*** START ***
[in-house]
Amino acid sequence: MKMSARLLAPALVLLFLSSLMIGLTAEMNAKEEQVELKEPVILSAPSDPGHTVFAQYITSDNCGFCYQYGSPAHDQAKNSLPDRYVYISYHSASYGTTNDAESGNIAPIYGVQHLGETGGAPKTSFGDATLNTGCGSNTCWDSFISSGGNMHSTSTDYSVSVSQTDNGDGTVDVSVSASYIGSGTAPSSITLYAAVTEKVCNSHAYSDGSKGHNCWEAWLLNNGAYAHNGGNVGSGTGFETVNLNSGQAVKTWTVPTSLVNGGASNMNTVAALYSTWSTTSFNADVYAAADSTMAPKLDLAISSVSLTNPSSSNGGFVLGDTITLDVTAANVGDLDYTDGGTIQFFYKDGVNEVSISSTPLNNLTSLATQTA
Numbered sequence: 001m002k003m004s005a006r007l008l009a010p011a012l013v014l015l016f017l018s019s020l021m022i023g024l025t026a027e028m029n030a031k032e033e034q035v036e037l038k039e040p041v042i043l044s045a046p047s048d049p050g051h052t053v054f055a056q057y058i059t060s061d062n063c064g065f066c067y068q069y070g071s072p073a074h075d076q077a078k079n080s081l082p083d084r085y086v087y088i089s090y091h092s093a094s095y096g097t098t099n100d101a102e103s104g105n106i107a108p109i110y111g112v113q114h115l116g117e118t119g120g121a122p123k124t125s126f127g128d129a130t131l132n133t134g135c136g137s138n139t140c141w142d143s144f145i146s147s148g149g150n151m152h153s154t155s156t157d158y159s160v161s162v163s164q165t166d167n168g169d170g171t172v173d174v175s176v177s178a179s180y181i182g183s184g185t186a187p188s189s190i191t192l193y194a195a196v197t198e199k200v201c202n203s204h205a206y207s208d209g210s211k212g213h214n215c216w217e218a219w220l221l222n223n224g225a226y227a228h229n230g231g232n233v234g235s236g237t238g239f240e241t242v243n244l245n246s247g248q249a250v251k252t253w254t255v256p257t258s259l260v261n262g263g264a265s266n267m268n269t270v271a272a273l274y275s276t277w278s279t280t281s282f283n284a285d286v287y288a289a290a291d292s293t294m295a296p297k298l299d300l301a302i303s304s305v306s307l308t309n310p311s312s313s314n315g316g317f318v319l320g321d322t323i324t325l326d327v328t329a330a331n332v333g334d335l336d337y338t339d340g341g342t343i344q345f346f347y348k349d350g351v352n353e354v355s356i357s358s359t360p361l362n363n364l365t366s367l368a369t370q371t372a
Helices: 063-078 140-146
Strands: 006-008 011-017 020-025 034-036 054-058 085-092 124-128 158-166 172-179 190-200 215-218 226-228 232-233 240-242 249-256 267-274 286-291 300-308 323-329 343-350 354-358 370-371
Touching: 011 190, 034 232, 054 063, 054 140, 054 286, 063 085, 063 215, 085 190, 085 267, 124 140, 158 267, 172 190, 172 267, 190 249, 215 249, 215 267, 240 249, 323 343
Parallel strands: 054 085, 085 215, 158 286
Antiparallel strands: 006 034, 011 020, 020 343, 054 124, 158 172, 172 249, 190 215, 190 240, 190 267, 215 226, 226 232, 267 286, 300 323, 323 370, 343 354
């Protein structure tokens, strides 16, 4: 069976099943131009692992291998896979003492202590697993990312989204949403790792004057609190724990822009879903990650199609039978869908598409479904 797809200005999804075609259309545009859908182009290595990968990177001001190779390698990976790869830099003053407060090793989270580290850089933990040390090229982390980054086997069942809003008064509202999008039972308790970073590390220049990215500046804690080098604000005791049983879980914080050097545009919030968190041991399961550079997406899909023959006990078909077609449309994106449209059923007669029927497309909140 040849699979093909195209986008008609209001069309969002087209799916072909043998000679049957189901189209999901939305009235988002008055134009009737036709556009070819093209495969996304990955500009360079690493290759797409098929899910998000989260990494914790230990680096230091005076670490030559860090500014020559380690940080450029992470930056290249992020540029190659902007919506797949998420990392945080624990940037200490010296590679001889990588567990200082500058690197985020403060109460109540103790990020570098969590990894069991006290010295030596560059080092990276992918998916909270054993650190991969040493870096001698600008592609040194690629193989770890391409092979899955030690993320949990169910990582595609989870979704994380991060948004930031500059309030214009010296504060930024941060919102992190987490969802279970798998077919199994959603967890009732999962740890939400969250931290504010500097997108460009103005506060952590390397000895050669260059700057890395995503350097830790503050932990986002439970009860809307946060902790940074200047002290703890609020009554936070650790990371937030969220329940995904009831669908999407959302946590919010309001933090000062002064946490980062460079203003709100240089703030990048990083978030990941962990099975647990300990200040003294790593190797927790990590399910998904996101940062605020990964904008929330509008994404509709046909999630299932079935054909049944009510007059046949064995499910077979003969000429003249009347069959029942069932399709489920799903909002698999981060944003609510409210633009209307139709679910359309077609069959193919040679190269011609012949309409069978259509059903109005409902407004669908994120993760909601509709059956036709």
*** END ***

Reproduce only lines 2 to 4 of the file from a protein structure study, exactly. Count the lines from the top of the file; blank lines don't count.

Amino acid sequence: MKMSARLLAPALVLLFLSSLMIGLTAEMNAKEEQVELKEPVILSAPSDPGHTVFAQYITSDNCGFCYQYGSPAHDQAKNSLPDRYVYISYHSASYGTTNDAESGNIAPIYGVQHLGETGGAPKTSFGDATLNTGCGSNTCWDSFISSGGNMHSTSTDYSVSVSQTDNGDGTVDVSVSASYIGSGTAPSSITLYAAVTEKVCNSHAYSDGSKGHNCWEAWLLNNGAYAHNGGNVGSGTGFETVNLNSGQAVKTWTVPTSLVNGGASNMNTVAALYSTWSTTSFNADVYAAADSTMAPKLDLAISSVSLTNPSSSNGGFVLGDTITLDVTAANVGDLDYTDGGTIQFFYKDGVNEVSISSTPLNNLTSLATQTA
Numbered sequence: 001m002k003m004s005a006r007l008l009a010p011a012l013v014l015l016f017l018s019s020l021m022i023g024l025t026a027e028m029n030a031k032e033e034q035v036e037l038k039e040p041v042i043l044s045a046p047s048d049p050g051h052t053v054f055a056q057y058i059t060s061d062n063c064g065f066c067y068q069y070g071s072p073a074h075d076q077a078k079n080s081l082p083d084r085y086v087y088i089s090y091h092s093a094s095y096g097t098t099n100d101a102e103s104g105n106i107a108p109i110y111g112v113q114h115l116g117e118t119g120g121a122p123k124t125s126f127g128d129a130t131l132n133t134g135c136g137s138n139t140c141w142d143s144f145i146s147s148g149g150n151m152h153s154t155s156t157d158y159s160v161s162v163s164q165t166d167n168g169d170g171t172v173d174v175s176v177s178a179s180y181i182g183s184g185t186a187p188s189s190i191t192l193y194a195a196v197t198e199k200v201c202n203s204h205a206y207s208d209g210s211k212g213h214n215c216w217e218a219w220l221l222n223n224g225a226y227a228h229n230g231g232n233v234g235s236g237t238g239f240e241t242v243n244l245n246s247g248q249a250v251k252t253w254t255v256p257t258s259l260v261n262g263g264a265s266n267m268n269t270v271a272a273l274y275s276t277w278s279t280t281s282f283n284a285d286v287y288a289a290a291d292s293t294m295a296p297k298l299d300l301a302i303s304s305v306s307l308t309n310p311s312s313s314n315g316g317f318v319l320g321d322t323i324t325l326d327v328t329a330a331n332v333g334d335l336d337y338t339d340g341g342t343i344q345f346f347y348k349d350g351v352n353e354v355s356i357s358s359t360p361l362n363n364l365t366s367l368a369t370q371t372a
Helices: 063-078 140-146